Miraculous Macy defies long odds

"You couldn't ask for a better child," Cody said.

Macy Lequire looks like a typical, happy 3-year-old as she giggles and claps her hands to grandma’s baby talk.
“You’s a miracle, yes you are,” Kathy Cody coos as she holds the blue-eyed, blonde darling in the dining room of Stecoah Diner, which Cody owns and operates.
“You couldn’t ask for a better child,” Cody said. “The two years I’ve been with her, I bet I haven’t heard her cry 30 times.”
That’s remarkable considering how many times seizures have racked her tiny, fragile body, how many days she’s spent in the hospital, that she can’t walk or talk.
Macy’s a miracle, yes, she is.
Macy has a rare blood disease that renders her immune system useless.
There’s only two cases in the United States and just 12 in the world,” remarked Macy’s father, 37-year-old Travis Lequire. “It’s a genetic disorder. There’s no cure for her.”
And there’s no guarantee Macy will live to see a fourth birthday.
Duke (University Hospital) hasn’t figured out why she’s alive. They’re amazed,” Travis said. “When I asked how long she’ll live, they said, ‘We don’t know, we can’t tell you.’”
The Duke doctors couldn’t provide a prognosis because they’d never encountered Macy’s condition.
“I understand that only 20 or 30 children have been born like her but they only lived two or three months. They never made it out of the hospital,” Travis said. “They can’t figure out why Macy hasn’t died.”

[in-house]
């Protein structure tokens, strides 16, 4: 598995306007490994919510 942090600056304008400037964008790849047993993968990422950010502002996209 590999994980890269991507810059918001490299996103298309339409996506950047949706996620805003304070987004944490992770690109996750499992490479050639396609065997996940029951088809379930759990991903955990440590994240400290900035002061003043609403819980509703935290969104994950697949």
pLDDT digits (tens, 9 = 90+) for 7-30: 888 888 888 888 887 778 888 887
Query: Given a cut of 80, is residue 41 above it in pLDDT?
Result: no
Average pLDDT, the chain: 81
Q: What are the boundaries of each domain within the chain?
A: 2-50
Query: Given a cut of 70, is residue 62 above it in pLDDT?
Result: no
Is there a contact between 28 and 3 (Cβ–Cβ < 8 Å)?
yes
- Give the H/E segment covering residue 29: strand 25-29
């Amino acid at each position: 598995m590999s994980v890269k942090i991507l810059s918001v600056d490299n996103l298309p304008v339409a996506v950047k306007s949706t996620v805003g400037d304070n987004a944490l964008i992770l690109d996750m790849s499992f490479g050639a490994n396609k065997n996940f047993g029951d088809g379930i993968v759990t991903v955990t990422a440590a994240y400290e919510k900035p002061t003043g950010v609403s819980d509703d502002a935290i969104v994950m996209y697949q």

Might be because so many people want Macy to keep living.
“I pray every day to have another day with her. I pray, ‘Lord, let us keep her as long as we can,” Travis said.
“Twice, she’s been in Mission (Hospital),” Kathy remarked. “We almost lost her twice. She can’t attend school because of her immune system. The flu could be a death sentence to her.”
 Macy’s been airlifted four times. The first time, when she was four months old, she spent 28 days in the hospital.
Since then she’s had a port (for medicine) and feeding tube put into her body.
So far, the Lequires have been lucky, fortunate, blessed, whatever you want to call it. But Travis and Amber know they can’t continue to live in Stecoah, a remote, rural area far from adequate medical facilities.
“By the time help gets to her, she could be comatose,” Cody said. “It’s at least 45 minutes before we can get her medical attention.”
Time is always on the minds of all who love Macy. They’re painfully aware that life’s clock is ticking.
And they continue to hope and pray.
“We’ve just asked for prayers,” Cody said.
And asked Duke to find Macy a liver. “Duke has her on a liver transplant list,” Travis said. “She won’t be cured, but her life expectancy goes way up, if her body will accept the liver. There’s a 90-percent chance it will work. I’m not giving up.”
 

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